whenever it’s been possible to make definite progress on ancient philosophical problems, such progress has almost always involved a [kind of] “bait-and-switch.” In other words: one replaces an unanswerable philosophical riddle Q by a “merely” scientific or mathematical question Q′, which captures part of what people have wanted to know when they’ve asked Q. Then, with luck, one solves Q′.
Of course, even if Q′ is solved, centuries later philosophers might still be debating the exact relation between Q and Q′! And further exploration might lead to other scientific or mathematical questions — Q′′, Q′′′, and so on — which capture aspects of Q that Q′ left untouched. But from my perspective, this process of “breaking oﬀ” answerable parts of unanswerable riddles, then trying to answer those parts, is the closest thing to philosophical progress that there is.
Successful examples of this breaking-oﬀ process fill intellectual history. The use of calculus to treat infinite series, the link between mental activity and nerve impulses, natural selection, set theory and first-order logic, special relativity, Gödel’s theorem, game theory, information theory, computability and complexity theory, the Bell inequality, the theory of common knowledge, Bayesian causal networks — each of these advances addressed questions that could rightly have been called “philosophical” before the advance was made. And after each advance, there was still plenty for philosophers to debate about truth and provability and infinity, space and time and causality, probability and information and life and mind. But crucially, it seems to me that the technical advances transformed the philosophical discussion as philosophical discussion itself rarely transforms it! And therefore, if such advances don’t count as “philosophical progress,” then it’s not clear that anything should.
Appropriately for this essay, perhaps the best precedent for my bait-and-switch is the Turing Test... with legendary abruptness, Turing simply replaced the original question by a different one: “Are there imaginable digital computers which would do well in the imitation game?”...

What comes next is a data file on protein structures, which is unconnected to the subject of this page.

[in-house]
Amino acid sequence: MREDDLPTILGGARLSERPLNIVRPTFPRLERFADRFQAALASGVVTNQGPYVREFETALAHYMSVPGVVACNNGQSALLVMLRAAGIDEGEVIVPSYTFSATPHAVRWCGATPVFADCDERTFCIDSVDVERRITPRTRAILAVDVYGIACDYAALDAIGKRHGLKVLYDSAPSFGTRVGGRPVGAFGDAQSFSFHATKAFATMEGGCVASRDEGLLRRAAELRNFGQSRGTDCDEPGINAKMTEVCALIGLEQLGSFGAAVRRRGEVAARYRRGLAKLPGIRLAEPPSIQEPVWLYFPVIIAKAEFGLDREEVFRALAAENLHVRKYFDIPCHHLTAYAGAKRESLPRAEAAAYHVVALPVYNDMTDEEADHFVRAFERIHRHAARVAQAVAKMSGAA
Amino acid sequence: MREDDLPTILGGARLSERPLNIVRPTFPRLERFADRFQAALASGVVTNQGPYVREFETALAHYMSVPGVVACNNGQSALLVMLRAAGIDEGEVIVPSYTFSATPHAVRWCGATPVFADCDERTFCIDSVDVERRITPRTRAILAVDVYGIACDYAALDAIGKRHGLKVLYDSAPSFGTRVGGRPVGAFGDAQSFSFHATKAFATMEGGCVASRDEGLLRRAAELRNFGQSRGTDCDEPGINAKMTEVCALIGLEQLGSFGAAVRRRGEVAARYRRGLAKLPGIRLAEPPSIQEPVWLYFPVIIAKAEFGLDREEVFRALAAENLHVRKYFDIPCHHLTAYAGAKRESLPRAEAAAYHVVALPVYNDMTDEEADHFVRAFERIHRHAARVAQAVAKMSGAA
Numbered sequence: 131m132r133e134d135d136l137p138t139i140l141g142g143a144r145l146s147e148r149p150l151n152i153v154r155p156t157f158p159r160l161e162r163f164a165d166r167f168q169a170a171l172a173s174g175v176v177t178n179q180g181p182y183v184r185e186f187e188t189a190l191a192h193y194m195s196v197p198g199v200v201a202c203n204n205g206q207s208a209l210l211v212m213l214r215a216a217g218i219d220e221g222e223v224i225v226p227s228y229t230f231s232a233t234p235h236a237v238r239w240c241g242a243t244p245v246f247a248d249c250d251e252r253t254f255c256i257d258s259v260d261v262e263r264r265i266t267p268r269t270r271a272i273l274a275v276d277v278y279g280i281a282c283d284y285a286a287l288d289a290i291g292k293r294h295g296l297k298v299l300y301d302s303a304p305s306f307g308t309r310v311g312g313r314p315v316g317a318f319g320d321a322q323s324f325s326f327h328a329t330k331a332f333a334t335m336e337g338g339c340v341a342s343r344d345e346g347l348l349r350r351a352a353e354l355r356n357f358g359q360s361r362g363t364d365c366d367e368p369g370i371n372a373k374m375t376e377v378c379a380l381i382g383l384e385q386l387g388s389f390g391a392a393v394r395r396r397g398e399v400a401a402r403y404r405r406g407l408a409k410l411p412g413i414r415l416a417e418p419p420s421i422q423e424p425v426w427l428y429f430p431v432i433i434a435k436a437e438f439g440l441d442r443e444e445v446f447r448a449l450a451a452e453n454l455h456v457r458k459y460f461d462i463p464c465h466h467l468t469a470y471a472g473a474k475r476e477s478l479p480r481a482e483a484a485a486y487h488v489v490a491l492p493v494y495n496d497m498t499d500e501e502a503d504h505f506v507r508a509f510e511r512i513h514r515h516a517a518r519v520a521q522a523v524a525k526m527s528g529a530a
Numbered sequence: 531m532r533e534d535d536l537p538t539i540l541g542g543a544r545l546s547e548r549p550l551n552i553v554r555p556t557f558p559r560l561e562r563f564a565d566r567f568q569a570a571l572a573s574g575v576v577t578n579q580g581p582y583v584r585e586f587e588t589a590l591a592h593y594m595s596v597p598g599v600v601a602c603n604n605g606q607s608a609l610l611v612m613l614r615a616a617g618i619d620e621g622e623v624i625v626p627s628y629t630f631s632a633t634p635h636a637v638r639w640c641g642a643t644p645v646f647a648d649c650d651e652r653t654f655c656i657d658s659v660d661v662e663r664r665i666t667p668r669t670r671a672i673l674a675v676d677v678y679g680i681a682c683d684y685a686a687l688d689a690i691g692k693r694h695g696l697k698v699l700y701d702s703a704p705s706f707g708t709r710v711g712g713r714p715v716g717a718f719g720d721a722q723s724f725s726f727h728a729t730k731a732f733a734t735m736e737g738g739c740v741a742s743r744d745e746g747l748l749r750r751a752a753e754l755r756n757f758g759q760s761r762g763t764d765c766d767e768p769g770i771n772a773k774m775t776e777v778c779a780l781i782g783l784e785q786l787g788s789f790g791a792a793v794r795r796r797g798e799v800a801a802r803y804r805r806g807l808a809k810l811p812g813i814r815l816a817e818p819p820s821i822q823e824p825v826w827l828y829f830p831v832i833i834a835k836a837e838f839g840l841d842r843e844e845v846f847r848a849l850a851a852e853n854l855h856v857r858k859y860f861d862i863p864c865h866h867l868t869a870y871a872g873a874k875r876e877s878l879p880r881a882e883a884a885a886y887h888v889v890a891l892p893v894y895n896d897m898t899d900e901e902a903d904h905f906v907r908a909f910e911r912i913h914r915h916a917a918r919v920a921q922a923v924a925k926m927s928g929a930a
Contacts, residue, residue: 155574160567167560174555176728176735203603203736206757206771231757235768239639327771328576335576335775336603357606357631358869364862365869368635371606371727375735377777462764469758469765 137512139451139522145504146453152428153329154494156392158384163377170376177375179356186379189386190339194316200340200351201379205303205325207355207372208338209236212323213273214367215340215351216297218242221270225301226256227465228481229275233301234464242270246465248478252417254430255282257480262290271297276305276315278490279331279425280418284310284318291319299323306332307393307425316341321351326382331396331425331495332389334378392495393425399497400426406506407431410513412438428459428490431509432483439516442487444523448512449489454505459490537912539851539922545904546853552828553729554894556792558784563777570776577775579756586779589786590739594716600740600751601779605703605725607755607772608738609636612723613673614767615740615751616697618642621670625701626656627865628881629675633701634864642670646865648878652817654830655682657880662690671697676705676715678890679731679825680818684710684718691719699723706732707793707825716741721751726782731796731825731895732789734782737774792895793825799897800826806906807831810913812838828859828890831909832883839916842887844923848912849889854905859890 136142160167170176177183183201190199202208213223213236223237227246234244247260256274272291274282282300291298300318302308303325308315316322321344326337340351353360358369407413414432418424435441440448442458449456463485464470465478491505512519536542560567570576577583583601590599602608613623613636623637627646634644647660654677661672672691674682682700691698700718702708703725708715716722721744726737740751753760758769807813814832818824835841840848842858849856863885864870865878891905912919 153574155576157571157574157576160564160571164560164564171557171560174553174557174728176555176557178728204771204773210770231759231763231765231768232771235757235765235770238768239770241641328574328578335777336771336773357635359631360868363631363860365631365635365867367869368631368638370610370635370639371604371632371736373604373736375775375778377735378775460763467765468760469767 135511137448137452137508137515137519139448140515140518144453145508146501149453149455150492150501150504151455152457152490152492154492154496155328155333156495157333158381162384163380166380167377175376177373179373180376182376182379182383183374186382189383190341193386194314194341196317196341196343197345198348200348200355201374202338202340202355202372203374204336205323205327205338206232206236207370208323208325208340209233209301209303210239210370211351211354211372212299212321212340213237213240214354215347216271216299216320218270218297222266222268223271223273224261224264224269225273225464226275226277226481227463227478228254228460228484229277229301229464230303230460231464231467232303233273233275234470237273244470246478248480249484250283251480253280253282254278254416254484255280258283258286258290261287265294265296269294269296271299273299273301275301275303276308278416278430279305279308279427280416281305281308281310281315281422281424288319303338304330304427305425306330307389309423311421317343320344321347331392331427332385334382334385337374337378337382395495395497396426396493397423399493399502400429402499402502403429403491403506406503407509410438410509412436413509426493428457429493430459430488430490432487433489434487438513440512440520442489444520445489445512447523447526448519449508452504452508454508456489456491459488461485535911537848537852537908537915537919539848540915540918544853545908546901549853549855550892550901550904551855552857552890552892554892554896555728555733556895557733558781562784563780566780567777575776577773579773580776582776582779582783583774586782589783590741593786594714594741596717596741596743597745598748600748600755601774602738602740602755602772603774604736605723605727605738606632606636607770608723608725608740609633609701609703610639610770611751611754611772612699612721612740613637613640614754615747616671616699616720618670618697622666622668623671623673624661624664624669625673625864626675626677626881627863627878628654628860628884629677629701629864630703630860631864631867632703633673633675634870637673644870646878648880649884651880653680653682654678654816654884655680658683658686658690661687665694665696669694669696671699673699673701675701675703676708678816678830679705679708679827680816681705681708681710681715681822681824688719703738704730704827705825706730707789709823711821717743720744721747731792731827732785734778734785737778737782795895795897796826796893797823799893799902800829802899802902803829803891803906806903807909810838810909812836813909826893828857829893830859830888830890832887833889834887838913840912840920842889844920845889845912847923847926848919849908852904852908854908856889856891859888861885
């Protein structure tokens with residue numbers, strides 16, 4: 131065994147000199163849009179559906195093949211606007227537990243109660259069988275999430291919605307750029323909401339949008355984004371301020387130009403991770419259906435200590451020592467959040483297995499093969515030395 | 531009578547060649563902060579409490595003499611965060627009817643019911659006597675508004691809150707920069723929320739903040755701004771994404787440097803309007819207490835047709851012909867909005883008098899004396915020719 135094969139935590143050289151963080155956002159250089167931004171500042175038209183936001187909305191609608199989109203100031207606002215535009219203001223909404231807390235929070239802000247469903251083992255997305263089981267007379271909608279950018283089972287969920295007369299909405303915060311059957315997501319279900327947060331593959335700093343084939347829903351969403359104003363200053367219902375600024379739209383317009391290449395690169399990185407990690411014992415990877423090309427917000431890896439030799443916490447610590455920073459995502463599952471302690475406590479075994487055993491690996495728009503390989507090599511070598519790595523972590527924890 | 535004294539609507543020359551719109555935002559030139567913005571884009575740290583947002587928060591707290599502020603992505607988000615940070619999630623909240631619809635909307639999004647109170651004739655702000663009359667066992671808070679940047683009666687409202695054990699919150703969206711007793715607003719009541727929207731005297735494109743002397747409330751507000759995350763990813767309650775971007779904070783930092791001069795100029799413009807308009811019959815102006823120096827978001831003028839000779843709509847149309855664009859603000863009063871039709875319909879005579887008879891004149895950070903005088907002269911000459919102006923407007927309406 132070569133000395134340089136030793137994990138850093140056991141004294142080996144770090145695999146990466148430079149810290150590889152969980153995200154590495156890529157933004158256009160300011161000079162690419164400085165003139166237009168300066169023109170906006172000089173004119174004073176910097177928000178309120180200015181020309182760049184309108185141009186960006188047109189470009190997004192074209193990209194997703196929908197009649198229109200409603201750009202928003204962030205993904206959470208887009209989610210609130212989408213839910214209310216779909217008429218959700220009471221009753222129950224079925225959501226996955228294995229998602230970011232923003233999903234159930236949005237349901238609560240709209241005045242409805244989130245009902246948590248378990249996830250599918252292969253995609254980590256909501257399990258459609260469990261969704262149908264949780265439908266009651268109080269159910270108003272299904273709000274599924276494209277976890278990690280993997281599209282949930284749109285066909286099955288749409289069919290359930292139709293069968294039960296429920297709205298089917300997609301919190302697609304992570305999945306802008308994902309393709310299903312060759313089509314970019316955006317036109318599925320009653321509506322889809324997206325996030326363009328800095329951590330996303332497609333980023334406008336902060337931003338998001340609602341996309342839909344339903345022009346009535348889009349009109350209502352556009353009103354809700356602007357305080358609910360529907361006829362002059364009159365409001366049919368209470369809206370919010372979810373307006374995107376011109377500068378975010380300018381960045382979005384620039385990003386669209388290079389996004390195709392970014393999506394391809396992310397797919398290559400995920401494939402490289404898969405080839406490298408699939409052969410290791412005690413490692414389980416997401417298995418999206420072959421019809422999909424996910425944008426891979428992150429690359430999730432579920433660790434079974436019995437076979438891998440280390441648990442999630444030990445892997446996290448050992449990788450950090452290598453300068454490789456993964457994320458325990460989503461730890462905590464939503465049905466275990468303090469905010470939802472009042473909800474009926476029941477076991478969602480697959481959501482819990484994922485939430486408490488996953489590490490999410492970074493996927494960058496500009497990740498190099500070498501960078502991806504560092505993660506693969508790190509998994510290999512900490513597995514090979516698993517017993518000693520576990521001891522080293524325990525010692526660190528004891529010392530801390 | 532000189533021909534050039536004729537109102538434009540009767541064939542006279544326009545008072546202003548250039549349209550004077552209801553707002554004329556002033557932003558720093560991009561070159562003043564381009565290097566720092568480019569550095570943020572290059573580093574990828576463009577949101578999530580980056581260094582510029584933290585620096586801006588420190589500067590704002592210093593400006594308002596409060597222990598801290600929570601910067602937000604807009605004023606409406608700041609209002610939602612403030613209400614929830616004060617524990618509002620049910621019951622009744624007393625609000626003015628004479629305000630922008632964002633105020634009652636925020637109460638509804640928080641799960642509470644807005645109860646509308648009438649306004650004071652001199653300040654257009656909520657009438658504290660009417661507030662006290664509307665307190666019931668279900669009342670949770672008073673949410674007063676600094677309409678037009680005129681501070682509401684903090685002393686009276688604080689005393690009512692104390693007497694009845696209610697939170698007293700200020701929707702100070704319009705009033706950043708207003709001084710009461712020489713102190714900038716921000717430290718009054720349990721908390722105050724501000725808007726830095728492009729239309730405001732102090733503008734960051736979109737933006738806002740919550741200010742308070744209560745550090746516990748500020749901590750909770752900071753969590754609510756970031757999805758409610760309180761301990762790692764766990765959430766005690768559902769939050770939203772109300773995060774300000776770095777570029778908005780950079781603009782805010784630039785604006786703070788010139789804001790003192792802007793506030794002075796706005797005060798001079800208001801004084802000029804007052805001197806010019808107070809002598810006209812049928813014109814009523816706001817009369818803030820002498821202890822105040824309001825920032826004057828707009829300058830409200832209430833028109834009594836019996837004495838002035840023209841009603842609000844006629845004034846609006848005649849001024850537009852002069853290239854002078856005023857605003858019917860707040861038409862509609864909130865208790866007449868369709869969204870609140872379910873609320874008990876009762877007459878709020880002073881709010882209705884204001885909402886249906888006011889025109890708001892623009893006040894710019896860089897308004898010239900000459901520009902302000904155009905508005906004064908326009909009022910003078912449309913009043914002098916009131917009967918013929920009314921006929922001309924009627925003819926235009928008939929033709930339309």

...The claim is not that the new question, about the imitation game, is identical to the original question about machine intelligence. The claim, rather, is that the new question is a worthy candidate for what we should have asked or meant to have asked, if our goal was to learn something new rather than endlessly debating definitions. [Luke adds: I'm reminded of Dennett's quip that "Philosophy... is what you have to do until you figure out what questions you should have been asking in the first place."] In math and science, the process of revising one’s original question is often the core of a research project, with the actual answering of the revised question being the relatively easy part!
A good replacement question Q′ should satisfy two properties:
(a) Q′ should capture some aspect of the original question Q — so that an answer to Q′ would be hard to ignore in any subsequent discussion of Q.
(b) Q′ should be precise enough that one can see what it would mean to make progress on Q′: what experiments one would need to do, what theorems one would need to prove, etc.
The Turing Test, I think, captured people’s imaginations precisely because it succeeded so well at (a) and (b). Let me put it this way: if a digital computer were built that aced the imitation game, then it’s hard to see what more science could possibly say in support of machine intelligence being possible. Conversely, if digital computers were proved unable to win the imitation game, then it’s hard to see what more science could say in support of machine intelligence not being possible. Either way, though, we’re no longer “slashing air,” trying to pin down the true meanings of words like “machine” and “think”: we’ve hit the relatively-solid ground of a science and engineering problem. Now if we want to go further we need to dig (that is, do research in cognitive science, machine learning, etc). This digging might take centuries of backbreaking work; we have no idea if we’ll ever reach the bottom. But at least it’s something humans know how to do and have done before. Just as important, diggers (unlike air-slashers) tend to uncover countless treasures besides the ones they were looking for.